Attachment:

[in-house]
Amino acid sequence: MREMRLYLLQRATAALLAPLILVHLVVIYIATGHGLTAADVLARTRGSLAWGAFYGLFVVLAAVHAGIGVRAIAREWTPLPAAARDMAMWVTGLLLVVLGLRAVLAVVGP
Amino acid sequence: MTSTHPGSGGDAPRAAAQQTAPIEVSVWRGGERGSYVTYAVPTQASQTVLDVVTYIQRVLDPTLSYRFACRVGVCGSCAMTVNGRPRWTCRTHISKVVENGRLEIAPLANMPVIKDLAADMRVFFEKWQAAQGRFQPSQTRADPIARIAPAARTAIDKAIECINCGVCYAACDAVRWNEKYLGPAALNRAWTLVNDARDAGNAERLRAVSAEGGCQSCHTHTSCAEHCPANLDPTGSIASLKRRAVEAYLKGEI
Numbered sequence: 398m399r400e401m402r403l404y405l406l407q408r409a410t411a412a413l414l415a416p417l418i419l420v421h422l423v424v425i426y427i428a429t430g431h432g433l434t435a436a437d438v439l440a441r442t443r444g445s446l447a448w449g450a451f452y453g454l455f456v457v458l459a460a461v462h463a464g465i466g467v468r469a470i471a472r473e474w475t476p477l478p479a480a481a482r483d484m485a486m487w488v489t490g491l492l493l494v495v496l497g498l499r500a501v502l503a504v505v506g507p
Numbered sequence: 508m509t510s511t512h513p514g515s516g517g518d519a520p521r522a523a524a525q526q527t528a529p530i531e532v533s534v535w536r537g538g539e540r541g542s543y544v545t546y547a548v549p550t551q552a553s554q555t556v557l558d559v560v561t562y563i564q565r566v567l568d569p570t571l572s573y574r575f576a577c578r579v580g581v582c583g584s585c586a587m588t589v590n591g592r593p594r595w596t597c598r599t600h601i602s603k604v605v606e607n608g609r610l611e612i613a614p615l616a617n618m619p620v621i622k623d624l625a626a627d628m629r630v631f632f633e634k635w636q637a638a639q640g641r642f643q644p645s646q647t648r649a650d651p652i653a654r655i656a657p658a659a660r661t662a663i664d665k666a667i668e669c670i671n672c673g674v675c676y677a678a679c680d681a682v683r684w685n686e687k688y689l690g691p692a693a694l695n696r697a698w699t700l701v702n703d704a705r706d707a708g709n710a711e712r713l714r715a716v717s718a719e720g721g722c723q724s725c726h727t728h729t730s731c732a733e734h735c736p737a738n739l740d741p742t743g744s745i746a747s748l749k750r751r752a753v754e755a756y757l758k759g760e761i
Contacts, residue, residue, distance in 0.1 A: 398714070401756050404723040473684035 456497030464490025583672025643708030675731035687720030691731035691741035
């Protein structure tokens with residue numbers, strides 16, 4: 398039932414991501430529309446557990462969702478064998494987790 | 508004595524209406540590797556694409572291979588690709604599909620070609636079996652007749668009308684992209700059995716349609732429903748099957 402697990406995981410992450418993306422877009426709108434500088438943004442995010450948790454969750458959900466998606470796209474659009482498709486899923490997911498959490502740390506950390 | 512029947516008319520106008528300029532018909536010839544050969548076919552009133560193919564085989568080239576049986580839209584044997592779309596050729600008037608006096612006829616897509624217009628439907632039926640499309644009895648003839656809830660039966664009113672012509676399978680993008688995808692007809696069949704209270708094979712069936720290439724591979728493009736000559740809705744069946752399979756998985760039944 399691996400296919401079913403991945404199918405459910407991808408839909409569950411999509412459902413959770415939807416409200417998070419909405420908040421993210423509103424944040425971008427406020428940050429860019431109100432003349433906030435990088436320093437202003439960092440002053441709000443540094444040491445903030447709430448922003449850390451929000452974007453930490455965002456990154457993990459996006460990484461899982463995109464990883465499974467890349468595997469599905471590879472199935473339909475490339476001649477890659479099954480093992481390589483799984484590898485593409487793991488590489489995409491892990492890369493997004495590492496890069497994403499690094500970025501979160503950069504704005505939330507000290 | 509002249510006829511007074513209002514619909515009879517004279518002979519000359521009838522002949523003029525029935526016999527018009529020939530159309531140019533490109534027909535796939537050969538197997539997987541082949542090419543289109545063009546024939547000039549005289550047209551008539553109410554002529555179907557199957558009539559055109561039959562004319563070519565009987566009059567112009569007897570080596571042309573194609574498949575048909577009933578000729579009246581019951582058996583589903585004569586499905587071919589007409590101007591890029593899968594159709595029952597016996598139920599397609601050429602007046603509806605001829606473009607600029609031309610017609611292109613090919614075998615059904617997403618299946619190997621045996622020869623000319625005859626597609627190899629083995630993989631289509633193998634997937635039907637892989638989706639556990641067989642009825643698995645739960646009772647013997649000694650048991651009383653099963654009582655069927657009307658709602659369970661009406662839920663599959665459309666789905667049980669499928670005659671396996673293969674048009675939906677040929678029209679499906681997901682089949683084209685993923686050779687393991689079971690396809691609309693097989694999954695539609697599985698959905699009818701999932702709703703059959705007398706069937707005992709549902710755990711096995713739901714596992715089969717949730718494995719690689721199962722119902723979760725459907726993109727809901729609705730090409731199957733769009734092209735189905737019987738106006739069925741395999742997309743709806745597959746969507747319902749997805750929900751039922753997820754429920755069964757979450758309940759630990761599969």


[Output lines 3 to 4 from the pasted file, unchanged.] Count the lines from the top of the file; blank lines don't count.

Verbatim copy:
Amino acid sequence: MTSTHPGSGGDAPRAAAQQTAPIEVSVWRGGERGSYVTYAVPTQASQTVLDVVTYIQRVLDPTLSYRFACRVGVCGSCAMTVNGRPRWTCRTHISKVVENGRLEIAPLANMPVIKDLAADMRVFFEKWQAAQGRFQPSQTRADPIARIAPAARTAIDKAIECINCGVCYAACDAVRWNEKYLGPAALNRAWTLVNDARDAGNAERLRAVSAEGGCQSCHTHTSCAEHCPANLDPTGSIASLKRRAVEAYLKGEI
Numbered sequence: 398m399r400e401m402r403l404y405l406l407q408r409a410t411a412a413l414l415a416p417l418i419l420v421h422l423v424v425i426y427i428a429t430g431h432g433l434t435a436a437d438v439l440a441r442t443r444g445s446l447a448w449g450a451f452y453g454l455f456v457v458l459a460a461v462h463a464g465i466g467v468r469a470i471a472r473e474w475t476p477l478p479a480a481a482r483d484m485a486m487w488v489t490g491l492l493l494v495v496l497g498l499r500a501v502l503a504v505v506g507p